Dancing Through History

      In Search of the Stories That Define Canada

      by Lori Henry

      In Dancing Through History, Henry crosses Canada's vast physical and ethnic terrain to uncover how its various cultures have evolved through their dances. Her coast-to-coast journey takes her to Haida Gwaii in British Columbia, where she witnesses the seldom seen animist dances of the islands' First Nation people. In the Arctic, Henry partakes in Inuit drum dancing, kept alive by a new generation of Nunavut youth. And in CapeBreton, she uncovers the ancient "step dance" of the once culturally oppressed Gaels of Nova Scotia. During her travels, Henry discovers that dance helps to break down barriers and encourage cooperation between people with a history of injustice. Dance, she finds, can provide key insight into what people value most as a culture, which is often more similar than it seems. It is this kind of understanding that goes beyond our divisive histories and gives us compassion for one another. Unique to this book, Dancing Through History includes first person interviews with First Nations, Métis, and Inuit (Canada's Aboriginal groups) talking about their traditions and the effect colonisation has had on them, all through the lens of dance. Their voices are given ample space to speak for themselves – what is revealed is a beautiful worldview and many lessons to be learned in order to have a healthy planet and tolerant people as we move into the future. Book Details: This is an adult non-fiction book of Canadian content. The target market is curious travellers and those interested in culture beyond the typical tourist traps. Sales have ranged from junior high schools to retired baby boomers. Interested publishers can make an offer directly on the profile page to buy available rights.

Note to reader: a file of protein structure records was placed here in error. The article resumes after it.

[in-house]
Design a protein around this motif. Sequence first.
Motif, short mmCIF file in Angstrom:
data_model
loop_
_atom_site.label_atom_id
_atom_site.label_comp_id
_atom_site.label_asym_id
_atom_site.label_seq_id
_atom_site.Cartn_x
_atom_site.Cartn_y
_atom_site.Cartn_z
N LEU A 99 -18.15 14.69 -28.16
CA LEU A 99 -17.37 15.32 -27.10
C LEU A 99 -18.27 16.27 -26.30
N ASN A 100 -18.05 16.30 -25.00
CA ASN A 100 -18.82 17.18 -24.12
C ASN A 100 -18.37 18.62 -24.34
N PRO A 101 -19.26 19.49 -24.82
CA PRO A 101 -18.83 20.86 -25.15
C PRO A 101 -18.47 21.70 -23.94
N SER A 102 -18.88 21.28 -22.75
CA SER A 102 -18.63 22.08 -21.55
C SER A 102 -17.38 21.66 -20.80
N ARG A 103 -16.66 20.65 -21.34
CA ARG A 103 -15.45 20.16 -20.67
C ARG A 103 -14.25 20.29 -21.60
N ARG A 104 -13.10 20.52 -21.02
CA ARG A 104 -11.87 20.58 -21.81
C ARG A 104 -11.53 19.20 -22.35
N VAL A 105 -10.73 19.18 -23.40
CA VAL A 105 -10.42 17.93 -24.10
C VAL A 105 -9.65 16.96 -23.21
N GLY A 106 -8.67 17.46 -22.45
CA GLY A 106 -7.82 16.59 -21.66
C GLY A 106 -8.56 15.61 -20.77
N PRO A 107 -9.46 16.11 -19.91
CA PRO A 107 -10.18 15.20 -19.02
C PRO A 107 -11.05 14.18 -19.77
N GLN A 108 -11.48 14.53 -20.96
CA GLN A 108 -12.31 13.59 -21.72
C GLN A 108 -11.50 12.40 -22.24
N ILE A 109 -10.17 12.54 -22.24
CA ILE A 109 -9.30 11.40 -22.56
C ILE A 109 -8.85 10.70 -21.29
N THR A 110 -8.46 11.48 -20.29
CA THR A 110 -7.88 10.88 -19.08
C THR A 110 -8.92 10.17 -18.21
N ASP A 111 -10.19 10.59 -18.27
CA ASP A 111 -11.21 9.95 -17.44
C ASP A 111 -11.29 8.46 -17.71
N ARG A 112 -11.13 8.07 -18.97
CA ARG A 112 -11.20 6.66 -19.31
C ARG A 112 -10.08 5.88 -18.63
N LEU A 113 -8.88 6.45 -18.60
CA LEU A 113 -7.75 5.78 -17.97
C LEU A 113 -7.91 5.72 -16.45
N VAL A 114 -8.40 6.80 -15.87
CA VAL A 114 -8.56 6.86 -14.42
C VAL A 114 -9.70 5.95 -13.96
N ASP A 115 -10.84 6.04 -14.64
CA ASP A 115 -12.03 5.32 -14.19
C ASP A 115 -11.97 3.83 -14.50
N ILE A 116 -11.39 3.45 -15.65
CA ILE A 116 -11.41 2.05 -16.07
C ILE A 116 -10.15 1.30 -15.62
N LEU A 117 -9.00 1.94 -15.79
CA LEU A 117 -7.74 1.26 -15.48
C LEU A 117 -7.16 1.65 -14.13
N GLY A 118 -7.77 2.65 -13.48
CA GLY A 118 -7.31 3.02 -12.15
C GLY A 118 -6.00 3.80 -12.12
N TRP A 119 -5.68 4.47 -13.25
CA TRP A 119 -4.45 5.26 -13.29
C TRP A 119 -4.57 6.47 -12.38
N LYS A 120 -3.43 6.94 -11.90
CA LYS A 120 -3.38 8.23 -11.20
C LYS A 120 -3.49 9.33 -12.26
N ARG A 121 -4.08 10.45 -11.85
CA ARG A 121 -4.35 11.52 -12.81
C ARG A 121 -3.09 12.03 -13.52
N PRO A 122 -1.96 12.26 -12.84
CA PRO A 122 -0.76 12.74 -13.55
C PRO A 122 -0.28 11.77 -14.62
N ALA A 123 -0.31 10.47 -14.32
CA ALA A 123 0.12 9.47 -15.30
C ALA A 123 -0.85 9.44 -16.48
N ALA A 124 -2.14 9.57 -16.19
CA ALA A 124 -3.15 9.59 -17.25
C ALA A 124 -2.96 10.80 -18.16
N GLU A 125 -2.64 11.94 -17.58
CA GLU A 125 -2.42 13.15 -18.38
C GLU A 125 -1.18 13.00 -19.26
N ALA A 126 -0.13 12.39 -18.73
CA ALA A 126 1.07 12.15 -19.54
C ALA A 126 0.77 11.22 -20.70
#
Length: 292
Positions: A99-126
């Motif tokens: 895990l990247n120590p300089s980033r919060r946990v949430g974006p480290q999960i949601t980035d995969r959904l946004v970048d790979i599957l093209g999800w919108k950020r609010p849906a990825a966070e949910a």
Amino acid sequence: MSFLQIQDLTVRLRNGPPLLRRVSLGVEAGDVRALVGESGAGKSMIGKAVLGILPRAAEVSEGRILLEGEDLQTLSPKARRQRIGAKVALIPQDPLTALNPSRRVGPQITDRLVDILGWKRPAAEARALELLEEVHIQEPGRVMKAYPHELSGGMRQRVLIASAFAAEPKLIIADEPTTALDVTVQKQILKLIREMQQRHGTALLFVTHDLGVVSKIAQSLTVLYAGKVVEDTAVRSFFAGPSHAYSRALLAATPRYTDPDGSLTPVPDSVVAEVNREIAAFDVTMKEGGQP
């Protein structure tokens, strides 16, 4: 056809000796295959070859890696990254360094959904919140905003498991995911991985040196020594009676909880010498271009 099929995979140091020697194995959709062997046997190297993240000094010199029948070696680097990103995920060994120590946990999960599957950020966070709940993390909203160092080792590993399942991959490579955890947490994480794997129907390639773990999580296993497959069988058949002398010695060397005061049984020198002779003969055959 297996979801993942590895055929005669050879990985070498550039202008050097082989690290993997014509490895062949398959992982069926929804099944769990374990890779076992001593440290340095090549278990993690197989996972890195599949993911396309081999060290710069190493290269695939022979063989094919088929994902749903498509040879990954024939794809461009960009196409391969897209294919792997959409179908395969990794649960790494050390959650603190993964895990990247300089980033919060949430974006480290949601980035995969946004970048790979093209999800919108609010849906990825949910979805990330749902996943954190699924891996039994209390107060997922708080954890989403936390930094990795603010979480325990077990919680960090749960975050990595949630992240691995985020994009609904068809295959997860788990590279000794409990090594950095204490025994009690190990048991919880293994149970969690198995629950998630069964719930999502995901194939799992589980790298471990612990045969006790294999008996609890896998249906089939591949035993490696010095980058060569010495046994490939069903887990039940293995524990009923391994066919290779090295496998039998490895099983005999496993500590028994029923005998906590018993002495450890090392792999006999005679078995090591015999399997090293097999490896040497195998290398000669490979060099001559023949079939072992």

• Philosophy
      April 2015